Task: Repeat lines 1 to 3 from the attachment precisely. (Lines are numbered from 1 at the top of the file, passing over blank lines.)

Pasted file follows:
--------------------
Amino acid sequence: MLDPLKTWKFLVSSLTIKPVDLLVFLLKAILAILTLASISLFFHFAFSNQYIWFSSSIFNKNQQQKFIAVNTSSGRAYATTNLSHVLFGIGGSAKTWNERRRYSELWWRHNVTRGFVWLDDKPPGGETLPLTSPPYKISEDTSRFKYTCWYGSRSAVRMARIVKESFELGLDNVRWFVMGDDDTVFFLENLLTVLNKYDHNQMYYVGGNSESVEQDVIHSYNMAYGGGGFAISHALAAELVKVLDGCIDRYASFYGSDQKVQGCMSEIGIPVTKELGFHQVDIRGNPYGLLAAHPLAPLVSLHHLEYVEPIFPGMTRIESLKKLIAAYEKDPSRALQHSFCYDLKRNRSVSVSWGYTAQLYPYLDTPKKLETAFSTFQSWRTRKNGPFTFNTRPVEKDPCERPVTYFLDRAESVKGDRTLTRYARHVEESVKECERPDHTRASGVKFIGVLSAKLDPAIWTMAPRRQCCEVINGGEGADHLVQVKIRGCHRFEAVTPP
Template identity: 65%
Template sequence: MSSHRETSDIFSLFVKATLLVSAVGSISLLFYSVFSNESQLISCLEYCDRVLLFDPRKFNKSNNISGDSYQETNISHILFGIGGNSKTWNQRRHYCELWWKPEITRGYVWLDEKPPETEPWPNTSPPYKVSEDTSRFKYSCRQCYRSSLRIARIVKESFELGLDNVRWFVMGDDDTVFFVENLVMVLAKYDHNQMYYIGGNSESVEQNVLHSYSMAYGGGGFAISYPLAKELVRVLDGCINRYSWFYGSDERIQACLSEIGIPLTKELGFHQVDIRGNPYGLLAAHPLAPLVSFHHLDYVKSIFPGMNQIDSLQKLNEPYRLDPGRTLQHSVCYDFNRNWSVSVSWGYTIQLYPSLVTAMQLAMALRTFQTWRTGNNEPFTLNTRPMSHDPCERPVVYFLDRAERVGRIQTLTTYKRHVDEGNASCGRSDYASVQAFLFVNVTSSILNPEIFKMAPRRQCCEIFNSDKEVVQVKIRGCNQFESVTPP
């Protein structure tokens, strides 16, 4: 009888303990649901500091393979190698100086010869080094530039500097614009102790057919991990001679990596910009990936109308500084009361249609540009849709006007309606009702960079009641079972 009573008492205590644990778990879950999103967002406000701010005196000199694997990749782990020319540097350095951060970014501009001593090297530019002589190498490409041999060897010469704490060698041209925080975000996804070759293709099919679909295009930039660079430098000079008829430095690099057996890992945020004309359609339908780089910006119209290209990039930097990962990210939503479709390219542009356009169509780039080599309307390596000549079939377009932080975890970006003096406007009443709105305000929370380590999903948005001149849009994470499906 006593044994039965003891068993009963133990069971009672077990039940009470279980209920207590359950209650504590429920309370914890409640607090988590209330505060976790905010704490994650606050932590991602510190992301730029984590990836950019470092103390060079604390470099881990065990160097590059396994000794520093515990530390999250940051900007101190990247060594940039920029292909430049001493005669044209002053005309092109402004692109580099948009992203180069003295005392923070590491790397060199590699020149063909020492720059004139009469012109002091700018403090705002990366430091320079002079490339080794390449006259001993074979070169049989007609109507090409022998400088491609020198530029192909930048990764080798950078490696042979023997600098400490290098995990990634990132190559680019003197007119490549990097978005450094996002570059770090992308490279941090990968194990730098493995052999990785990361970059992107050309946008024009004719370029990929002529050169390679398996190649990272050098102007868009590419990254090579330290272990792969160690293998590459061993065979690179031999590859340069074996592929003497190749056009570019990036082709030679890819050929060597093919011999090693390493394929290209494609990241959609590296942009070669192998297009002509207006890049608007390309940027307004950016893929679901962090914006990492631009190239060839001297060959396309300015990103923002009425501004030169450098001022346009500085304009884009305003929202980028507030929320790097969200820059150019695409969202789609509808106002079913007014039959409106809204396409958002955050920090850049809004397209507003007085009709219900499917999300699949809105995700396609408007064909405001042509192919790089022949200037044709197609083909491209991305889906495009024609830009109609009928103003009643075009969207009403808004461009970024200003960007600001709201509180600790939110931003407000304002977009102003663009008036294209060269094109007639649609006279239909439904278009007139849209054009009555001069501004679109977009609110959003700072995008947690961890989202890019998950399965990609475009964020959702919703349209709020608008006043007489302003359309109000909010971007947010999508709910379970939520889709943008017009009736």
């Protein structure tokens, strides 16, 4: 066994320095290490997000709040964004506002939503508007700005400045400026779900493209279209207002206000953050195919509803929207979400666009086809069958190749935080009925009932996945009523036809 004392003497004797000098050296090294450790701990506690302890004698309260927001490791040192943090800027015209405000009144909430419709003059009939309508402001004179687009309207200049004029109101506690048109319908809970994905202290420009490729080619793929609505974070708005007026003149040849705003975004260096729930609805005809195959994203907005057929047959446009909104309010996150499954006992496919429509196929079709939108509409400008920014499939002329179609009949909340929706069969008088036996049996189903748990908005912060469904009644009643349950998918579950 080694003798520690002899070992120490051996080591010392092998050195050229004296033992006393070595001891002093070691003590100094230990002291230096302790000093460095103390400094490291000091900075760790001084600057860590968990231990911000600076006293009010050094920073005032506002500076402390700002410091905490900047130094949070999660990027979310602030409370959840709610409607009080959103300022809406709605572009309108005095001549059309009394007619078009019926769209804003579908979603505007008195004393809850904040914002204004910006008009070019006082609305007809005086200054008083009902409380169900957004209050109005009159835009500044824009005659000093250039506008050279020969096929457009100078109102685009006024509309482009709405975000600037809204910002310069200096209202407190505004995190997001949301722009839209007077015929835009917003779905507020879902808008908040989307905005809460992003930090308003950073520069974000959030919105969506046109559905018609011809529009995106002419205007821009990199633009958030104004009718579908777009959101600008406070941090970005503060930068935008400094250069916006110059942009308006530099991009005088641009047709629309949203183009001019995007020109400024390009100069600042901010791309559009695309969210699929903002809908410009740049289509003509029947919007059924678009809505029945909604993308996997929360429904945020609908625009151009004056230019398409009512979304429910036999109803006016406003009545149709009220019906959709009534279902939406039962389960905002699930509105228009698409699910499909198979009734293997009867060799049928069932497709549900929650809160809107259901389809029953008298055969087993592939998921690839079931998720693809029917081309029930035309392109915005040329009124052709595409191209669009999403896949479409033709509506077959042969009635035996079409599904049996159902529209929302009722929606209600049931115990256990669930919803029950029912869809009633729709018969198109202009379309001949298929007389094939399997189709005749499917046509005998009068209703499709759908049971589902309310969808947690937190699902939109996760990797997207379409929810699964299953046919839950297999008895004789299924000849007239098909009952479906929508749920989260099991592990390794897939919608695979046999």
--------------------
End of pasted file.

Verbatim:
Amino acid sequence: MLDPLKTWKFLVSSLTIKPVDLLVFLLKAILAILTLASISLFFHFAFSNQYIWFSSSIFNKNQQQKFIAVNTSSGRAYATTNLSHVLFGIGGSAKTWNERRRYSELWWRHNVTRGFVWLDDKPPGGETLPLTSPPYKISEDTSRFKYTCWYGSRSAVRMARIVKESFELGLDNVRWFVMGDDDTVFFLENLLTVLNKYDHNQMYYVGGNSESVEQDVIHSYNMAYGGGGFAISHALAAELVKVLDGCIDRYASFYGSDQKVQGCMSEIGIPVTKELGFHQVDIRGNPYGLLAAHPLAPLVSLHHLEYVEPIFPGMTRIESLKKLIAAYEKDPSRALQHSFCYDLKRNRSVSVSWGYTAQLYPYLDTPKKLETAFSTFQSWRTRKNGPFTFNTRPVEKDPCERPVTYFLDRAESVKGDRTLTRYARHVEESVKECERPDHTRASGVKFIGVLSAKLDPAIWTMAPRRQCCEVINGGEGADHLVQVKIRGCHRFEAVTPP
Template identity: 65%
Template sequence: MSSHRETSDIFSLFVKATLLVSAVGSISLLFYSVFSNESQLISCLEYCDRVLLFDPRKFNKSNNISGDSYQETNISHILFGIGGNSKTWNQRRHYCELWWKPEITRGYVWLDEKPPETEPWPNTSPPYKVSEDTSRFKYSCRQCYRSSLRIARIVKESFELGLDNVRWFVMGDDDTVFFVENLVMVLAKYDHNQMYYIGGNSESVEQNVLHSYSMAYGGGGFAISYPLAKELVRVLDGCINRYSWFYGSDERIQACLSEIGIPLTKELGFHQVDIRGNPYGLLAAHPLAPLVSFHHLDYVKSIFPGMNQIDSLQKLNEPYRLDPGRTLQHSVCYDFNRNWSVSVSWGYTIQLYPSLVTAMQLAMALRTFQTWRTGNNEPFTLNTRPMSHDPCERPVVYFLDRAERVGRIQTLTTYKRHVDEGNASCGRSDYASVQAFLFVNVTSSILNPEIFKMAPRRQCCEIFNSDKEVVQVKIRGCNQFESVTPP